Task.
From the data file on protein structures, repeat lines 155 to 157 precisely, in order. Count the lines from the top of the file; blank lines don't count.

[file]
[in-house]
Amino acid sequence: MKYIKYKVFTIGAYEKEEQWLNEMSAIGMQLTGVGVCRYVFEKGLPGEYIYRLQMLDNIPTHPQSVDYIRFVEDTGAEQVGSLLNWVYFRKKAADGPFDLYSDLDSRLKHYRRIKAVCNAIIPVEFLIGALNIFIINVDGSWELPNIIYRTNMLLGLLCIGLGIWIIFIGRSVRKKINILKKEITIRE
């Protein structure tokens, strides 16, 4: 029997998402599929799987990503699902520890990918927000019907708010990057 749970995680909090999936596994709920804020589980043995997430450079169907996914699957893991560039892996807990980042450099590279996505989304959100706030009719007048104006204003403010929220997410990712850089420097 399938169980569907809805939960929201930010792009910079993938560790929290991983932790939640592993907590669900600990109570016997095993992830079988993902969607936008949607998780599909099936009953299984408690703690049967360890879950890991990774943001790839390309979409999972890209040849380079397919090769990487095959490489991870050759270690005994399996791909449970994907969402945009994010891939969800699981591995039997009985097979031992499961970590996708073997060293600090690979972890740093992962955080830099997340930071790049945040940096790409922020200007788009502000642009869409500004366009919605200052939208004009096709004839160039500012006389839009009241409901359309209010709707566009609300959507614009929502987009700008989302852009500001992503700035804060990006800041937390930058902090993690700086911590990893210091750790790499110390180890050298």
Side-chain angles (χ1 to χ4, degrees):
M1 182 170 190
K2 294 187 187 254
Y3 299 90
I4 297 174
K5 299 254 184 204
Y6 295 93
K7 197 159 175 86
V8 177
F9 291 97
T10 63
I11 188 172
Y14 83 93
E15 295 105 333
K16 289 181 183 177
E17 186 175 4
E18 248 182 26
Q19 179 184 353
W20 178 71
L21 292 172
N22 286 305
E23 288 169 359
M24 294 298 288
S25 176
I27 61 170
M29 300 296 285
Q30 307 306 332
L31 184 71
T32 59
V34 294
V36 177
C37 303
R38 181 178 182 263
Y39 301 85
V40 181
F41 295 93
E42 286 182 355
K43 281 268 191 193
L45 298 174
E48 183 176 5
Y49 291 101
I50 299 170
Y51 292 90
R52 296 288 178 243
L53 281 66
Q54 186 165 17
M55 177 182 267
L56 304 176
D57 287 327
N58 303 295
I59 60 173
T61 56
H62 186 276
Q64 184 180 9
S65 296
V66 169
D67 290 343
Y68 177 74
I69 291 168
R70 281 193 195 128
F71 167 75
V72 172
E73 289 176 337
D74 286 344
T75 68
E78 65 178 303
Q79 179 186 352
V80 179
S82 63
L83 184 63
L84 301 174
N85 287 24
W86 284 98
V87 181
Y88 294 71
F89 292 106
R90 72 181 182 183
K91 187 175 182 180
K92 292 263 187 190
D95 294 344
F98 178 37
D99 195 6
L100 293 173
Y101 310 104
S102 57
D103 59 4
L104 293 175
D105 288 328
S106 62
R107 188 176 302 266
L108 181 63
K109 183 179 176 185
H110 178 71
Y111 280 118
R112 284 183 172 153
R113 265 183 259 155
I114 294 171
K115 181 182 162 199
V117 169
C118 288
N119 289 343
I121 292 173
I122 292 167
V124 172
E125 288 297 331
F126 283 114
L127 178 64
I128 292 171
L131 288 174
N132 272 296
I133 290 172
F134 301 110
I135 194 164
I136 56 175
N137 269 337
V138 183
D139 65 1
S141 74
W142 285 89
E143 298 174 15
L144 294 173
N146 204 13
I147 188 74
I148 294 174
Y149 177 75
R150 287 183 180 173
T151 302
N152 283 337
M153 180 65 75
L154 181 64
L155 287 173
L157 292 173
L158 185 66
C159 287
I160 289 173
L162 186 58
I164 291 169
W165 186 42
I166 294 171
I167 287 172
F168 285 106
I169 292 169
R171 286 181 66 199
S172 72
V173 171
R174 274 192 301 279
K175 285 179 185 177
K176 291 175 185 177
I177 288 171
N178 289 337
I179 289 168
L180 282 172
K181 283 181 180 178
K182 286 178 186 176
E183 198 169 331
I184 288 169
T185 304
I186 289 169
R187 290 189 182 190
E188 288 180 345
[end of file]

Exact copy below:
L180 282 172
K181 283 181 180 178
K182 286 178 186 176